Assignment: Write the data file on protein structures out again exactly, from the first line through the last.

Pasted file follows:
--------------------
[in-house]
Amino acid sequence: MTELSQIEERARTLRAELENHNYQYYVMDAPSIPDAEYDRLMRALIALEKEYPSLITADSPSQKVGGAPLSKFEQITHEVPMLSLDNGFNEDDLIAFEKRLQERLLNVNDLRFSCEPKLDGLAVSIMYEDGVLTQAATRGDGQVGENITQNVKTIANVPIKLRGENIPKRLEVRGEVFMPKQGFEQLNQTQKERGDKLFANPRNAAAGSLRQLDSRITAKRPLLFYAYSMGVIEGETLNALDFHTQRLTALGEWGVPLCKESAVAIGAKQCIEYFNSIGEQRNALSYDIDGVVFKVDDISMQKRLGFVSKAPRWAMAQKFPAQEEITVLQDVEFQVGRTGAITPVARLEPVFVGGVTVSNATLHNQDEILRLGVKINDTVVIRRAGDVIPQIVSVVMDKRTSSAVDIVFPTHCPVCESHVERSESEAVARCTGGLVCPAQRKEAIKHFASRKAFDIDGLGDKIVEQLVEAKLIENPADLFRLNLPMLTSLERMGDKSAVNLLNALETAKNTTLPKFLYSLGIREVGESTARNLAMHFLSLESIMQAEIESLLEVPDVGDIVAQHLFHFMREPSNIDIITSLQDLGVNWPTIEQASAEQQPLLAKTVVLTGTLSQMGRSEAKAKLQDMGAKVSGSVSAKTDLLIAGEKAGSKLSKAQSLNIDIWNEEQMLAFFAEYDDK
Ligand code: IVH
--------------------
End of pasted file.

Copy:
[in-house]
Amino acid sequence: MTELSQIEERARTLRAELENHNYQYYVMDAPSIPDAEYDRLMRALIALEKEYPSLITADSPSQKVGGAPLSKFEQITHEVPMLSLDNGFNEDDLIAFEKRLQERLLNVNDLRFSCEPKLDGLAVSIMYEDGVLTQAATRGDGQVGENITQNVKTIANVPIKLRGENIPKRLEVRGEVFMPKQGFEQLNQTQKERGDKLFANPRNAAAGSLRQLDSRITAKRPLLFYAYSMGVIEGETLNALDFHTQRLTALGEWGVPLCKESAVAIGAKQCIEYFNSIGEQRNALSYDIDGVVFKVDDISMQKRLGFVSKAPRWAMAQKFPAQEEITVLQDVEFQVGRTGAITPVARLEPVFVGGVTVSNATLHNQDEILRLGVKINDTVVIRRAGDVIPQIVSVVMDKRTSSAVDIVFPTHCPVCESHVERSESEAVARCTGGLVCPAQRKEAIKHFASRKAFDIDGLGDKIVEQLVEAKLIENPADLFRLNLPMLTSLERMGDKSAVNLLNALETAKNTTLPKFLYSLGIREVGESTARNLAMHFLSLESIMQAEIESLLEVPDVGDIVAQHLFHFMREPSNIDIITSLQDLGVNWPTIEQASAEQQPLLAKTVVLTGTLSQMGRSEAKAKLQDMGAKVSGSVSAKTDLLIAGEKAGSKLSKAQSLNIDIWNEEQMLAFFAEYDDK
Ligand code: IVH